We are guaranteed that as followers of Jesus we will be persecuted (Jn. 15:20) – ‘a servant is not above his master, if they persecute me, they will persecute you’.
Persecution is the lot of the church but there seems to be an aura around ‘the Persecuted Church’ as if somehow ‘purity’ through suffering has given it creditability but is not persecution something that is happening to the body of Christ all the time? This is what Jesus seems to suggest.
Persecution is not the acid test of whether the Church is the Church; that is simply bad theology. Belief in the God of Jesus Christ and the ethics that derive from that belief are the litmus test of how we live our lives. In other words, ethics is concerned about how we live out our faith as credible witnesses in a hostile world.
The simple question of ‘are you a Christian?’ may lead to a death sentence in those lands that forbid Christianity. Those who bear the sword or gun in those situations aren’t bothered by ethics but simply carry out the sentence on the question of belief. The situation in Europe is different because of the protection of the law.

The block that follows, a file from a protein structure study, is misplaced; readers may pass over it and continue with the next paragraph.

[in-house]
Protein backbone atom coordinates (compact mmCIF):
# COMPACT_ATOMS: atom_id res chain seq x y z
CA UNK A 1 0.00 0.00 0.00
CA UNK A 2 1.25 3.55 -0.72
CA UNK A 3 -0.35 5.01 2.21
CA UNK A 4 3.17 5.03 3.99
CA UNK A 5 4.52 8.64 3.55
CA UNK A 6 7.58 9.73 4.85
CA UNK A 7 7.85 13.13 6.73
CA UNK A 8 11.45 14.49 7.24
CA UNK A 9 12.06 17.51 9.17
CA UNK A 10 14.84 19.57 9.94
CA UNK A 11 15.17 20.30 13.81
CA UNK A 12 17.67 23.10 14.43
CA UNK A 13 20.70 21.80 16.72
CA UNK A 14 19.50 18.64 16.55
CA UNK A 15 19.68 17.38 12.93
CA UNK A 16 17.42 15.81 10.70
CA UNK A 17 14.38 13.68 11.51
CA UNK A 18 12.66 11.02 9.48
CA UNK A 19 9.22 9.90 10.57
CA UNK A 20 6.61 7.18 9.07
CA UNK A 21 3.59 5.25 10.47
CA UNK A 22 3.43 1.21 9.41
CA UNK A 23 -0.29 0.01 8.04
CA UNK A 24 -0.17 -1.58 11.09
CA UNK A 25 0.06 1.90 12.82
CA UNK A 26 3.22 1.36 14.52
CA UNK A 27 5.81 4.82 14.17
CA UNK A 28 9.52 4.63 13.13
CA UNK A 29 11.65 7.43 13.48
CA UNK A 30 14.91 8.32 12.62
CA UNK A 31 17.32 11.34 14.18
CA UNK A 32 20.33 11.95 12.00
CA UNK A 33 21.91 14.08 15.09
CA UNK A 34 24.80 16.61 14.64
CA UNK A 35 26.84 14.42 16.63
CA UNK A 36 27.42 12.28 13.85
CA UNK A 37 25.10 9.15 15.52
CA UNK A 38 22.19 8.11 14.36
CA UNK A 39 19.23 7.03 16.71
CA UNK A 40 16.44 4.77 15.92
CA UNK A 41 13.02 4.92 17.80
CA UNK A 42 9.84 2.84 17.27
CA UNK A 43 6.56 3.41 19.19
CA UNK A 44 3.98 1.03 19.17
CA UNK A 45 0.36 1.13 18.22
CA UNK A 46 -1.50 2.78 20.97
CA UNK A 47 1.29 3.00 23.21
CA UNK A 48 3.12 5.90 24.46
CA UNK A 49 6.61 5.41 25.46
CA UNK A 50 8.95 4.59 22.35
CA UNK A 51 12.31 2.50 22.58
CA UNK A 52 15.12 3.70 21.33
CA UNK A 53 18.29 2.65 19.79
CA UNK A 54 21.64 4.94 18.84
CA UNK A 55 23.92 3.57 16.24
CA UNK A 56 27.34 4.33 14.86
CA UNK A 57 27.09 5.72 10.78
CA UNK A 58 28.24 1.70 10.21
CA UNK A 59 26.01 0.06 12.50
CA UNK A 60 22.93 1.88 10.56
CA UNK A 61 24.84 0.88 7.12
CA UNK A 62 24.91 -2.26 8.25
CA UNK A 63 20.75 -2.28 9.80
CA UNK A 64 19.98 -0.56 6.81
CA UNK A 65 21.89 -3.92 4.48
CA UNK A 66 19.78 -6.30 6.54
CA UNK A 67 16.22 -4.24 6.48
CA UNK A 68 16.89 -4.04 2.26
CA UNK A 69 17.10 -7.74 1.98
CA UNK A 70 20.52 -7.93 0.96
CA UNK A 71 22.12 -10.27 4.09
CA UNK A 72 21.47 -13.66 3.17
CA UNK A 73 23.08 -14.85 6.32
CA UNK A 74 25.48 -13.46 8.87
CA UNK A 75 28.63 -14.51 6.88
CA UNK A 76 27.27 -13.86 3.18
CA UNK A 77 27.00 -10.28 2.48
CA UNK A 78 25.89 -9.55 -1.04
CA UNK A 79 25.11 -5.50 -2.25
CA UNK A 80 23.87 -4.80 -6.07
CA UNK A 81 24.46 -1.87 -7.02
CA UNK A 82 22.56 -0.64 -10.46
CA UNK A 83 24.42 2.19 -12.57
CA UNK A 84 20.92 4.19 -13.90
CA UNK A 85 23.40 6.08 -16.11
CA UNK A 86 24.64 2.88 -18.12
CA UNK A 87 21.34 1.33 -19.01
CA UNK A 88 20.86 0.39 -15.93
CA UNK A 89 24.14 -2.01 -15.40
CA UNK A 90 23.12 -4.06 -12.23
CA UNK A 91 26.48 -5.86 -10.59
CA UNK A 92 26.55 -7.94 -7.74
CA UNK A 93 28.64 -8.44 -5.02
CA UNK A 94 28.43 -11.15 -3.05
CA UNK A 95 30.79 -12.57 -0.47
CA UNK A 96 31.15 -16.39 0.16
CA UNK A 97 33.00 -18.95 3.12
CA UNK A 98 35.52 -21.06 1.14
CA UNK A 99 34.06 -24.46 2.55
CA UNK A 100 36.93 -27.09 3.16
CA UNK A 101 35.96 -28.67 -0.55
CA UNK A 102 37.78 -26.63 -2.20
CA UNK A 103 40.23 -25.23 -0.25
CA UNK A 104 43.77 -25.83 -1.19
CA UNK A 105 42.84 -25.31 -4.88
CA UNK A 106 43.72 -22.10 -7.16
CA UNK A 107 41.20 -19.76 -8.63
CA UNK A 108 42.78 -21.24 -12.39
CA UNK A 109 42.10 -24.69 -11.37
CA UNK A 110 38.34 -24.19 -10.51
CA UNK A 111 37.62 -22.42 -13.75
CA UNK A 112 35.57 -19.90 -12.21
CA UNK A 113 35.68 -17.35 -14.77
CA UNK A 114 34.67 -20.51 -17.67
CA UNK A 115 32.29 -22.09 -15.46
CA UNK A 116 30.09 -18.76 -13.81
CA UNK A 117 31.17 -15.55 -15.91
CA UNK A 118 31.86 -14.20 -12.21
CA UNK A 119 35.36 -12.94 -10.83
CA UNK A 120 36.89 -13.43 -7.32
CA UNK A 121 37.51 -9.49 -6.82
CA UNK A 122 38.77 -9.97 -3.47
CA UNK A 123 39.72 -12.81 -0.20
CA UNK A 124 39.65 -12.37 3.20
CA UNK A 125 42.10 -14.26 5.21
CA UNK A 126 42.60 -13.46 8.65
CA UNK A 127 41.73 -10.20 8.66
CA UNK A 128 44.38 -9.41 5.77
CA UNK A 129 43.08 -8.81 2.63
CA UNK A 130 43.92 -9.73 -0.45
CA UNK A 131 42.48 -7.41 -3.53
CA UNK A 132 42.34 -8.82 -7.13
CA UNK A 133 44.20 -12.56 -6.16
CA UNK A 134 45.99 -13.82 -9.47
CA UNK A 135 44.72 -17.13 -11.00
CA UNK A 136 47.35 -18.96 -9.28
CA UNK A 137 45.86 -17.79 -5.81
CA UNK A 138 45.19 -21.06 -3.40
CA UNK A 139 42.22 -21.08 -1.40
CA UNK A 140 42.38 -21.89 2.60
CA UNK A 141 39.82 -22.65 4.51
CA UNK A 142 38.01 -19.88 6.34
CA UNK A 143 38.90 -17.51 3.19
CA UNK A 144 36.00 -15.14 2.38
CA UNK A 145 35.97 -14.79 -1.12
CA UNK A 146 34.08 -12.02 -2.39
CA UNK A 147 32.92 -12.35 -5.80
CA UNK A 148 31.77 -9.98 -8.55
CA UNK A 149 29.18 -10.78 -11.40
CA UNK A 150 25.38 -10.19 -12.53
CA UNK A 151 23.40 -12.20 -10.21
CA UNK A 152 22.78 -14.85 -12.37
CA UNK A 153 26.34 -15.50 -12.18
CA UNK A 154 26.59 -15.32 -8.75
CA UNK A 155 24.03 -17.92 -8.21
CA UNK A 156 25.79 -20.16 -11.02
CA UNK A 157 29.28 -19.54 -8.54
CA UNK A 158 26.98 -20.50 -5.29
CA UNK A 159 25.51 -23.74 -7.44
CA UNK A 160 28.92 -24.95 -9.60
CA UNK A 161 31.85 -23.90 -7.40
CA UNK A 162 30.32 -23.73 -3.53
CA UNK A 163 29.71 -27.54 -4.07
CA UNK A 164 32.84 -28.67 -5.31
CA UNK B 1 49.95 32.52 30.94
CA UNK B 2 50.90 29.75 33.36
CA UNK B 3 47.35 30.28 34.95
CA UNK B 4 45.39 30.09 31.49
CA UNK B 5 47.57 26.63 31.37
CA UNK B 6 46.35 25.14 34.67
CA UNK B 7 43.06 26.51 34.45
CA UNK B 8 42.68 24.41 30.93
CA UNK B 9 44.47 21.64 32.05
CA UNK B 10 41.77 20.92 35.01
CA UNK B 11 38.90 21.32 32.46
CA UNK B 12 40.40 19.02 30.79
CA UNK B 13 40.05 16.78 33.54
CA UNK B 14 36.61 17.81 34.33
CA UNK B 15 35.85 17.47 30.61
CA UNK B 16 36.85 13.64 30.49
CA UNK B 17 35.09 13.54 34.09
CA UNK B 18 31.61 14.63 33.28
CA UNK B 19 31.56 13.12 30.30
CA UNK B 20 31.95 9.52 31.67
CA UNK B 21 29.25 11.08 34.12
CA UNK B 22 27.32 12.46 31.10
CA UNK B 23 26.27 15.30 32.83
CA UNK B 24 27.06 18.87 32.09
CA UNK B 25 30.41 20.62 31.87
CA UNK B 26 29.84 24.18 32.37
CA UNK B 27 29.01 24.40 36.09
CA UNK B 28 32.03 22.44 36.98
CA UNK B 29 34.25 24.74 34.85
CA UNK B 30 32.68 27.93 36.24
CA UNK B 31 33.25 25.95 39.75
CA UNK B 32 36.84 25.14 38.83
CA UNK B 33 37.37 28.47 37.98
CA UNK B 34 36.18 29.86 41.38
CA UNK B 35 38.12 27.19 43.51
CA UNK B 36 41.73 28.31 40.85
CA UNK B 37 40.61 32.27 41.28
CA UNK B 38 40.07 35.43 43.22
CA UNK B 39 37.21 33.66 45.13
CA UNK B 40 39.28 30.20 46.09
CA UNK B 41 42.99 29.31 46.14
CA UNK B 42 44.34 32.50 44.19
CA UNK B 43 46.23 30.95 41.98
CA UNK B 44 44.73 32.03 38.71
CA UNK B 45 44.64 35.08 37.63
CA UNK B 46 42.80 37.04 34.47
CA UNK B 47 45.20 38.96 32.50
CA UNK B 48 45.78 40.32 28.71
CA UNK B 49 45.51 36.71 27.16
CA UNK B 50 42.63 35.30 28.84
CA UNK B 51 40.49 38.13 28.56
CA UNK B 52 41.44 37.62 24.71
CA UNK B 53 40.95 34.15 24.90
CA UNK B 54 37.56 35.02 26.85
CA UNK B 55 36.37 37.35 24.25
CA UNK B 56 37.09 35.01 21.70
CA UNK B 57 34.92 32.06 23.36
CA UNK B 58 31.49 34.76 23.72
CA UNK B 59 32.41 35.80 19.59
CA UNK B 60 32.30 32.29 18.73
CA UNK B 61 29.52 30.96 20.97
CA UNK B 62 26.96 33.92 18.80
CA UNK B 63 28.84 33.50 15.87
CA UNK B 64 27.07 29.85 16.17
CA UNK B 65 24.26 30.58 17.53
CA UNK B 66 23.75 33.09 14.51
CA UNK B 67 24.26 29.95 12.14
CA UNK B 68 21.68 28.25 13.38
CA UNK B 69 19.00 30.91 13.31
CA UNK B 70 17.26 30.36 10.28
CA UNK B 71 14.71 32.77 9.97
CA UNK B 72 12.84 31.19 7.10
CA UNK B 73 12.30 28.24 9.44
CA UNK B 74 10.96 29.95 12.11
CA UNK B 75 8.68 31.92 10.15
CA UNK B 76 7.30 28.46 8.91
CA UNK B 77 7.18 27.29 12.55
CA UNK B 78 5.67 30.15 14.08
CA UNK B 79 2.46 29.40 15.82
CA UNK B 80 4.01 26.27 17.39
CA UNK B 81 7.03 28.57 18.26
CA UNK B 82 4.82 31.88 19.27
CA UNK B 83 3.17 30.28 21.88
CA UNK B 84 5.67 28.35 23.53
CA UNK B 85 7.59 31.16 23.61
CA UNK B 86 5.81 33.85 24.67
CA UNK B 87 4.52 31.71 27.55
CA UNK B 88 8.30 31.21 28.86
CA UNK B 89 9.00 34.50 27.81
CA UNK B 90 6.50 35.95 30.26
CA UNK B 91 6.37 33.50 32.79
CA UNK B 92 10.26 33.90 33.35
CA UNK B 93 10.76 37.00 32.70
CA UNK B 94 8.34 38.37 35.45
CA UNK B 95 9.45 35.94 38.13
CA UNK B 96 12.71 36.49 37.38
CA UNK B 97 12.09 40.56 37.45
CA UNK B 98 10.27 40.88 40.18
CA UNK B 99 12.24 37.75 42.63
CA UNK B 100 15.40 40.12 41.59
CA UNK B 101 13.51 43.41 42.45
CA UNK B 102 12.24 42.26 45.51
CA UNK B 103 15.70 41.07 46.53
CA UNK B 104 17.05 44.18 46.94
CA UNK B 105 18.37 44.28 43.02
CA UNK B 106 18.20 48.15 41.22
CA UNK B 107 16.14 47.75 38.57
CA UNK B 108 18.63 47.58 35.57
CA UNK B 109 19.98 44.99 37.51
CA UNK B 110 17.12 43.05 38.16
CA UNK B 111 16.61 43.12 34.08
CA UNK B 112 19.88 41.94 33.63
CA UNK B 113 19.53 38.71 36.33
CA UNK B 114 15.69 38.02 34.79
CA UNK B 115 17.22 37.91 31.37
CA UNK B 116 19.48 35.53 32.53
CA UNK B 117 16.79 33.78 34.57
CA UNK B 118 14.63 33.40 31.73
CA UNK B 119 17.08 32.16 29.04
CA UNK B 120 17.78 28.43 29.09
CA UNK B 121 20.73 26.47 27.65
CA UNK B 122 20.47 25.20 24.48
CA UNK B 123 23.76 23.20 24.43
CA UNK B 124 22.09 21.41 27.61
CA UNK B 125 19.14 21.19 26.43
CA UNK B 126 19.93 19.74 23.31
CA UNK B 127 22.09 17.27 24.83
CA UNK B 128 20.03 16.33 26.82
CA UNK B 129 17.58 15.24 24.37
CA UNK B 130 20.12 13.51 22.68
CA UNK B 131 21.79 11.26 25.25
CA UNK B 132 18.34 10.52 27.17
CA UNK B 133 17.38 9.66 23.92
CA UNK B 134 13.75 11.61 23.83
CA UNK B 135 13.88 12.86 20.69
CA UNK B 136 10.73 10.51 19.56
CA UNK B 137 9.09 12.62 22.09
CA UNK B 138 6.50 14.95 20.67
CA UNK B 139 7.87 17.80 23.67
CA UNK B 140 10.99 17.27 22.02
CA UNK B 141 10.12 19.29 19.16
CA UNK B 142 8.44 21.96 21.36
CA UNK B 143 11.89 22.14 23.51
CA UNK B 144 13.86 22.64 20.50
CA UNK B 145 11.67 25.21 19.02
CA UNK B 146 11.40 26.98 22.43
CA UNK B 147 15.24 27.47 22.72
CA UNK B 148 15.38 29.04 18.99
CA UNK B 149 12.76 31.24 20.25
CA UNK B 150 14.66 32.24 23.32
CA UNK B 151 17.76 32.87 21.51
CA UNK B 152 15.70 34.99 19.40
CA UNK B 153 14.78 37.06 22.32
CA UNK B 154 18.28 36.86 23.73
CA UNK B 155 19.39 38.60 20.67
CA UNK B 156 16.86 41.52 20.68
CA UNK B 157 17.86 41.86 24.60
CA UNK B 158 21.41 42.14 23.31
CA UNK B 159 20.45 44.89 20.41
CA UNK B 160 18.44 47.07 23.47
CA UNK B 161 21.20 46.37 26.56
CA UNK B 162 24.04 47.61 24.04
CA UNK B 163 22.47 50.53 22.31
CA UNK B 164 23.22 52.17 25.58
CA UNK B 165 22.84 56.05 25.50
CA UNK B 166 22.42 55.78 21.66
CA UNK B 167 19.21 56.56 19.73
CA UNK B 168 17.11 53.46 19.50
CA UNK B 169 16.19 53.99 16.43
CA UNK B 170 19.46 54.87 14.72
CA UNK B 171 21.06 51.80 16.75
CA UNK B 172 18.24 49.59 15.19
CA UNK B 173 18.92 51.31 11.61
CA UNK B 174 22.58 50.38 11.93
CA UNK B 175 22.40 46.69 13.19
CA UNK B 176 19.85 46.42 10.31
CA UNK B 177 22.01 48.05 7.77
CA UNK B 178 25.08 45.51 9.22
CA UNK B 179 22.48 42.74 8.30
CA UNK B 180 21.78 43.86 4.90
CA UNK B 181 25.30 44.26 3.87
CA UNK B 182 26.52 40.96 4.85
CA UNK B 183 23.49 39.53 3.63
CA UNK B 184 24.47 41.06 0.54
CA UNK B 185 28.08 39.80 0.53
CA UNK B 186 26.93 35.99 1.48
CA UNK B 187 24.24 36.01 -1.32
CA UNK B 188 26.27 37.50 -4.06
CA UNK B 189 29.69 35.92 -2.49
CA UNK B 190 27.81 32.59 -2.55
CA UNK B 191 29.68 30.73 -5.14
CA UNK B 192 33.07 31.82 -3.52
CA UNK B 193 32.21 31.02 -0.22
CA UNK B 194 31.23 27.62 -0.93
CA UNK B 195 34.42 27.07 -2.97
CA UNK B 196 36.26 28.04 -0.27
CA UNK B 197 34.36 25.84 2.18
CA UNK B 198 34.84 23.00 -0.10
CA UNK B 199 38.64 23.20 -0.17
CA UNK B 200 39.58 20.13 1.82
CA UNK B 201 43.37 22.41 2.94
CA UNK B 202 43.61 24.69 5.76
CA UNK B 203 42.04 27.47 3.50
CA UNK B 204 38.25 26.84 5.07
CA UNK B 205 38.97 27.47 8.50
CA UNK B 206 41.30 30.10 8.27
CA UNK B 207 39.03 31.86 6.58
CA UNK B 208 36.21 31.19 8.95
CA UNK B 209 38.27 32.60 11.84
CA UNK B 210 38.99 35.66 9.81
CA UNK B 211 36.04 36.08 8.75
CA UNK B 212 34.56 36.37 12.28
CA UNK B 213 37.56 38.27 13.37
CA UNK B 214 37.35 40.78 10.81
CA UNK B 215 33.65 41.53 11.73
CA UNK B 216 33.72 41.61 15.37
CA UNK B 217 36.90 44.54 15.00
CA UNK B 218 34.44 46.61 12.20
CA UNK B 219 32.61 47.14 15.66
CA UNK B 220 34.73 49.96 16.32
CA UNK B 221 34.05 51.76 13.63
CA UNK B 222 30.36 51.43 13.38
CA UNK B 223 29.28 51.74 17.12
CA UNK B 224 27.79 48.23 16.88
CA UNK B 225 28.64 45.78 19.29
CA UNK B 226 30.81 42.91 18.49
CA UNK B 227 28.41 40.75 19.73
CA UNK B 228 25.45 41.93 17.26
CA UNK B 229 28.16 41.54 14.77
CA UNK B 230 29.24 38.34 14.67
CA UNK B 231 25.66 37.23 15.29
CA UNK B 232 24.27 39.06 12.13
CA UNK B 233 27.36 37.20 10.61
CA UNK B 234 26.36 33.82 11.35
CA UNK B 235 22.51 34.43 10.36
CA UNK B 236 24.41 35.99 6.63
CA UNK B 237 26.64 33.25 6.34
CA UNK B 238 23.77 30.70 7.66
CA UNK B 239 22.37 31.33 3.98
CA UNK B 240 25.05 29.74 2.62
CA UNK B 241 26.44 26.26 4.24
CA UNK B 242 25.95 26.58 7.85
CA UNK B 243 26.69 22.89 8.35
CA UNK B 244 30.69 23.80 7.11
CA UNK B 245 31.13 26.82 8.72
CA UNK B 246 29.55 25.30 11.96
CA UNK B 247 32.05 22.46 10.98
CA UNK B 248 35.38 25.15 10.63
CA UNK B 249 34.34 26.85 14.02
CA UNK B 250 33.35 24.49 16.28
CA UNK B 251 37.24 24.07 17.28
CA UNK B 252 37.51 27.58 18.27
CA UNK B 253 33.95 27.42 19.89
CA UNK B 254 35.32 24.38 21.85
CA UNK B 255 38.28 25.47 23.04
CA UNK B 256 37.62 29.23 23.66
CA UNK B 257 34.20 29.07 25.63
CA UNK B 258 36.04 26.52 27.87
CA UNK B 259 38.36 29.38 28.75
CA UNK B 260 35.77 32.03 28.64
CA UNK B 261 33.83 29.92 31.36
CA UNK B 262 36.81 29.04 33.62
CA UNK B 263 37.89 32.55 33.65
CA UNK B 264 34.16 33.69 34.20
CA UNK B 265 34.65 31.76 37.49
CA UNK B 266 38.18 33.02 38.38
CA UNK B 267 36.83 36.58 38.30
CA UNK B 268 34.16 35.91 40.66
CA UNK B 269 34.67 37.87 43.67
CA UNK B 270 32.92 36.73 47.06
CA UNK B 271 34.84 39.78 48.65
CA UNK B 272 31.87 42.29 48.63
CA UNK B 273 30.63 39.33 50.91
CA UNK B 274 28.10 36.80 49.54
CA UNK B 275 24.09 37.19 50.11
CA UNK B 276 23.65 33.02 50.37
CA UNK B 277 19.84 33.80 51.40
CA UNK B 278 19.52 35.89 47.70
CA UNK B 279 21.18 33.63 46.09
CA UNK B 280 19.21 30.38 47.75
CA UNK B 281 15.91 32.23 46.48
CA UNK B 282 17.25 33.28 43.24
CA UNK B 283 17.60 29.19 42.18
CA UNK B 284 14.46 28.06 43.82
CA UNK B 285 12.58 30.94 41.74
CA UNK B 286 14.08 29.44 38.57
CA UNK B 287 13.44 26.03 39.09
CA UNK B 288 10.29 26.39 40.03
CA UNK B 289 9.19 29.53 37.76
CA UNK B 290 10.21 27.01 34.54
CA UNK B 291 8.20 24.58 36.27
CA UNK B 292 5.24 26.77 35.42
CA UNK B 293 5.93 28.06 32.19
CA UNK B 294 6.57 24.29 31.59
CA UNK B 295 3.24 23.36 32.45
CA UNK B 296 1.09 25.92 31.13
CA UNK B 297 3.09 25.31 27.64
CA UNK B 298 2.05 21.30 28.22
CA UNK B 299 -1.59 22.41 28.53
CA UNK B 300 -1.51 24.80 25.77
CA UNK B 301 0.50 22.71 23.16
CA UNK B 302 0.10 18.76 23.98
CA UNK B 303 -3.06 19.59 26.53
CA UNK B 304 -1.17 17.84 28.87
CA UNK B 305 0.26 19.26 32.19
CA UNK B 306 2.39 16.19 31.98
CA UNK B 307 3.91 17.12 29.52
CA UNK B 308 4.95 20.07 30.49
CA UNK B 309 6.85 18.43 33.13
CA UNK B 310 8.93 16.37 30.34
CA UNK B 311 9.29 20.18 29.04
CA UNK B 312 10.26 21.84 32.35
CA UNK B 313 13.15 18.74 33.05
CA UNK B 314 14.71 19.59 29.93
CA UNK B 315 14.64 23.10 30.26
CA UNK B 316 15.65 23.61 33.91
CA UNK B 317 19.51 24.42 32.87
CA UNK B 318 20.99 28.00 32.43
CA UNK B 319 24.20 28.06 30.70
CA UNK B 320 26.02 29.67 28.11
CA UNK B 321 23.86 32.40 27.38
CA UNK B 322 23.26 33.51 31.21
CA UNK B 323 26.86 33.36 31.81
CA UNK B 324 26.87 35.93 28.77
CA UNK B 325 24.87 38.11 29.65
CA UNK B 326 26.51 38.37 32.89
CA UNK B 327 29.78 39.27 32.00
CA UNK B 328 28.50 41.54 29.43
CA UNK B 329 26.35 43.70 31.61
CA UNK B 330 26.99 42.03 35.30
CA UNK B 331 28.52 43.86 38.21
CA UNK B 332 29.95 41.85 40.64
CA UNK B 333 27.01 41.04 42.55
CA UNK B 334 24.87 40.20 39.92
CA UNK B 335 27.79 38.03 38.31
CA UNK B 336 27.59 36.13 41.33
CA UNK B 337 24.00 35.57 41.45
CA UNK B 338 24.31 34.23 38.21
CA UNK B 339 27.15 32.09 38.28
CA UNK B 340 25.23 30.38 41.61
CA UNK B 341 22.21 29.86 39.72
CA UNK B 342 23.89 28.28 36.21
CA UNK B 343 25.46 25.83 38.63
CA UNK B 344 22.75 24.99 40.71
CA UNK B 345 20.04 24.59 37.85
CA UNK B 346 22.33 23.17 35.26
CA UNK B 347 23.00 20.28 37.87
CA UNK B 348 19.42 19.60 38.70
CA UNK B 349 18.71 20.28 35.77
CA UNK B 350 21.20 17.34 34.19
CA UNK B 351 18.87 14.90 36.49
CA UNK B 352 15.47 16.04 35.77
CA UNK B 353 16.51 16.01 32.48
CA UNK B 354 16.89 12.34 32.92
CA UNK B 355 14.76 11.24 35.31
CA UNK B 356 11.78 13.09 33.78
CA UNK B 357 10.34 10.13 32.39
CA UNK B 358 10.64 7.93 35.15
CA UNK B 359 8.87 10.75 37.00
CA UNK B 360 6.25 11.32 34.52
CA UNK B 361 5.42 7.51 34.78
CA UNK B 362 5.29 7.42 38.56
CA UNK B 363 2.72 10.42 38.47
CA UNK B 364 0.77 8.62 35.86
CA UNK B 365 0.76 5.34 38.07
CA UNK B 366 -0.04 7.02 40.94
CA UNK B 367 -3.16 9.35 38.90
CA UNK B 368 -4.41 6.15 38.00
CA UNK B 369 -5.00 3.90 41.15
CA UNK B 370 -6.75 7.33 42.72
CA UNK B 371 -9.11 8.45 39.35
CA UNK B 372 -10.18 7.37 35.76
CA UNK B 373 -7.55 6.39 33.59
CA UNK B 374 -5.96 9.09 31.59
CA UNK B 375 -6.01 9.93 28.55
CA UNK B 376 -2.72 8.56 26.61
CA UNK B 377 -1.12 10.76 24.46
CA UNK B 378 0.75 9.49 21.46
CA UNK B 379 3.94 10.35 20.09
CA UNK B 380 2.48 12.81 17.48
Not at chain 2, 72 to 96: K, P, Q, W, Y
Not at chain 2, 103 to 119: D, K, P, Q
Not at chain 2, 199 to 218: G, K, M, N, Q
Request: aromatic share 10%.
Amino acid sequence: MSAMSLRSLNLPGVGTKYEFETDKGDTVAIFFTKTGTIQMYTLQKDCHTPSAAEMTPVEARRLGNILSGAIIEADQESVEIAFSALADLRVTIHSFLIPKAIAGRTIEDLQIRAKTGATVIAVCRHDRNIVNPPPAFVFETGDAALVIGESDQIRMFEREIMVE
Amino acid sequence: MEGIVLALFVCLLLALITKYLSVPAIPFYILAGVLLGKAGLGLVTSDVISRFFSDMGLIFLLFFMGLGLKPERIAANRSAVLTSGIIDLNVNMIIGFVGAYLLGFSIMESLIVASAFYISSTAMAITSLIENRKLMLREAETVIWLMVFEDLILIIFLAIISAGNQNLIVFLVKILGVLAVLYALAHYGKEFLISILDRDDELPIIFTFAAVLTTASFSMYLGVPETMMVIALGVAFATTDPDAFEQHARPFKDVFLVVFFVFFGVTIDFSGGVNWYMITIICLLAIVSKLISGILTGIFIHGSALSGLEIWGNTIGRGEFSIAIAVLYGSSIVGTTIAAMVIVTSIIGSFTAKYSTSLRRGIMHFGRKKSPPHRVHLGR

The law forbids violence, and protects all its citizens equally. For some time it has been a matter of ethics, living the life, rather than belief, talking the talk. I think the Church in Europe is treading warily, knowing who she believes in, and making appropriate public gestures that receive public opprobrium and rebuttal.
The difference is that in those lands where Christianity is forbidden, violence is permitted, whereas in Europe, violence is not permitted. My belief is that the situation in Europe is changing and atheistic aggression is building up against all religious belief.
But to make a distinction of one part of the body of Christ from another on the basis of persecution is simply wrong. As St. Paul says, ‘If one part suffers, every part suffers with it; if one part is honoured, every part rejoices with it’ (1 Cor. 12:26).